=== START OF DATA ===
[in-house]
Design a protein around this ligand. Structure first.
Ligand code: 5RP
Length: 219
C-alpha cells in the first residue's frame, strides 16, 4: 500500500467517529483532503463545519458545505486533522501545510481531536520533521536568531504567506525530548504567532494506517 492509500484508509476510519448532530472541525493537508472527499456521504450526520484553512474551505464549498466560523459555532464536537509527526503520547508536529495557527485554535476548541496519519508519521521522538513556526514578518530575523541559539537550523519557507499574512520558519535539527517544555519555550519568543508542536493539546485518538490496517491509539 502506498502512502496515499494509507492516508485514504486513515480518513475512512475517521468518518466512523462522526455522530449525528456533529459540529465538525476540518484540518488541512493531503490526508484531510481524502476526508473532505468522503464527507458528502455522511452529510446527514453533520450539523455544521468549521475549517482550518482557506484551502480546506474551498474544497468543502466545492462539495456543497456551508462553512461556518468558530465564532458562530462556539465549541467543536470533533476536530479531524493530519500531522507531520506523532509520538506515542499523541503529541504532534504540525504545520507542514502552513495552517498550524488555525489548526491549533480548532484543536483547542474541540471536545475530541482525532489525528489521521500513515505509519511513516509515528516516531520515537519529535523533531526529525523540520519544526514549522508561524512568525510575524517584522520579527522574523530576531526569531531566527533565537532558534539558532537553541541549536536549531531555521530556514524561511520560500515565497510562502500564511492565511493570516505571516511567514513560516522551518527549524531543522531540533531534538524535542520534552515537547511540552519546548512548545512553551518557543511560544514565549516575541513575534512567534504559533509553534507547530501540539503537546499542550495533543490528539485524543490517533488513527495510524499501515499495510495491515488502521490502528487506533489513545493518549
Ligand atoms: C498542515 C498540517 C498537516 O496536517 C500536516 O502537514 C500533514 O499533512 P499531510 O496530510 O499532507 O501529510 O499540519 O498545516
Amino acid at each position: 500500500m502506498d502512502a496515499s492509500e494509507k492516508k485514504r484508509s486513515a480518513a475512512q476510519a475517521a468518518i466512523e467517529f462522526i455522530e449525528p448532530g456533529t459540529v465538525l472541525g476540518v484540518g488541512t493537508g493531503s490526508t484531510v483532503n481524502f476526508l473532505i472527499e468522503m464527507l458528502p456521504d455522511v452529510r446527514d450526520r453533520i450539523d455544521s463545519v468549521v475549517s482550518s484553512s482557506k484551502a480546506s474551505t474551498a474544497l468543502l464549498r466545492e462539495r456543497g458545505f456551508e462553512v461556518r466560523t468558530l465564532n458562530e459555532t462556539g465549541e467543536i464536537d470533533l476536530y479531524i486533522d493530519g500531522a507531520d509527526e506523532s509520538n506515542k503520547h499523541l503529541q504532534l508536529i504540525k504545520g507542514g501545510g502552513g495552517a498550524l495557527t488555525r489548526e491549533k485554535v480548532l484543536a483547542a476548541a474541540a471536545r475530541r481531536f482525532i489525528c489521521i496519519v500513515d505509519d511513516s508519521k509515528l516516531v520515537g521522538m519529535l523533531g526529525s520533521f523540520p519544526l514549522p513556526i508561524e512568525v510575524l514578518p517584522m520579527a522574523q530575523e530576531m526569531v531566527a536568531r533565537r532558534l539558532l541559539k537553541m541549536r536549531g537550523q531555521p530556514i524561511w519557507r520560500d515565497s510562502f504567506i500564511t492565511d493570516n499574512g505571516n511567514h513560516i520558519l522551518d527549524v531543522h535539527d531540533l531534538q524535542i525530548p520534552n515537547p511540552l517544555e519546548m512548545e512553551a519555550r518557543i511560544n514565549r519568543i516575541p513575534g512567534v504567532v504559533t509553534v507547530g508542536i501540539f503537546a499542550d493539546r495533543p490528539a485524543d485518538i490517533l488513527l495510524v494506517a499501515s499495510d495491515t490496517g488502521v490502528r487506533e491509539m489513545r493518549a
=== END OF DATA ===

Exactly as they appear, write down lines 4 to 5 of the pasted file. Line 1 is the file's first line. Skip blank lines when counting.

Length: 219
C-alpha cells in the first residue's frame, strides 16, 4: 500500500467517529483532503463545519458545505486533522501545510481531536520533521536568531504567506525530548504567532494506517 492509500484508509476510519448532530472541525493537508472527499456521504450526520484553512474551505464549498466560523459555532464536537509527526503520547508536529495557527485554535476548541496519519508519521521522538513556526514578518530575523541559539537550523519557507499574512520558519535539527517544555519555550519568543508542536493539546485518538490496517491509539 502506498502512502496515499494509507492516508485514504486513515480518513475512512475517521468518518466512523462522526455522530449525528456533529459540529465538525476540518484540518488541512493531503490526508484531510481524502476526508473532505468522503464527507458528502455522511452529510446527514453533520450539523455544521468549521475549517482550518482557506484551502480546506474551498474544497468543502466545492462539495456543497456551508462553512461556518468558530465564532458562530462556539465549541467543536470533533476536530479531524493530519500531522507531520506523532509520538506515542499523541503529541504532534504540525504545520507542514502552513495552517498550524488555525489548526491549533480548532484543536483547542474541540471536545475530541482525532489525528489521521500513515505509519511513516509515528516516531520515537519529535523533531526529525523540520519544526514549522508561524512568525510575524517584522520579527522574523530576531526569531531566527533565537532558534539558532537553541541549536536549531531555521530556514524561511520560500515565497510562502500564511492565511493570516505571516511567514513560516522551518527549524531543522531540533531534538524535542520534552515537547511540552519546548512548545512553551518557543511560544514565549516575541513575534512567534504559533509553534507547530501540539503537546499542550495533543490528539485524543490517533488513527495510524499501515499495510495491515488502521490502528487506533489513545493518549